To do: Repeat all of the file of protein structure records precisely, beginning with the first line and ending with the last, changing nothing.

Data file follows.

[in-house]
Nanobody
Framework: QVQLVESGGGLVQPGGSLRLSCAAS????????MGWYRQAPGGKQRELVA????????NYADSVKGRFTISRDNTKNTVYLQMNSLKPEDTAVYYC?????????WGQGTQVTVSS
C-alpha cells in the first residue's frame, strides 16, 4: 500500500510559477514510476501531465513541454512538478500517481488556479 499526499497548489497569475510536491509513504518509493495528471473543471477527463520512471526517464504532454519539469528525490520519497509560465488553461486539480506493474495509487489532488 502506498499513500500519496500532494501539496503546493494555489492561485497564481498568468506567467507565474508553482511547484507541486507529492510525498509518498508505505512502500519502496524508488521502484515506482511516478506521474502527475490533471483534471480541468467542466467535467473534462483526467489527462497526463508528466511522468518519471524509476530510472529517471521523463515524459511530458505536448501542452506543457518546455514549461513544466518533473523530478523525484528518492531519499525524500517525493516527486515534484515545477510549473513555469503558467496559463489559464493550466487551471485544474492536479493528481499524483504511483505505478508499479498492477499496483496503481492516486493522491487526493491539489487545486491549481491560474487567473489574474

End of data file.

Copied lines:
[in-house]
Nanobody
Framework: QVQLVESGGGLVQPGGSLRLSCAAS????????MGWYRQAPGGKQRELVA????????NYADSVKGRFTISRDNTKNTVYLQMNSLKPEDTAVYYC?????????WGQGTQVTVSS
C-alpha cells in the first residue's frame, strides 16, 4: 500500500510559477514510476501531465513541454512538478500517481488556479 499526499497548489497569475510536491509513504518509493495528471473543471477527463520512471526517464504532454519539469528525490520519497509560465488553461486539480506493474495509487489532488 502506498499513500500519496500532494501539496503546493494555489492561485497564481498568468506567467507565474508553482511547484507541486507529492510525498509518498508505505512502500519502496524508488521502484515506482511516478506521474502527475490533471483534471480541468467542466467535467473534462483526467489527462497526463508528466511522468518519471524509476530510472529517471521523463515524459511530458505536448501542452506543457518546455514549461513544466518533473523530478523525484528518492531519499525524500517525493516527486515534484515545477510549473513555469503558467496559463489559464493550466487551471485544474492536479493528481499524483504511483505505478508499479498492477499496483496503481492516486493522491487526493491539489487545486491549481491560474487567473489574474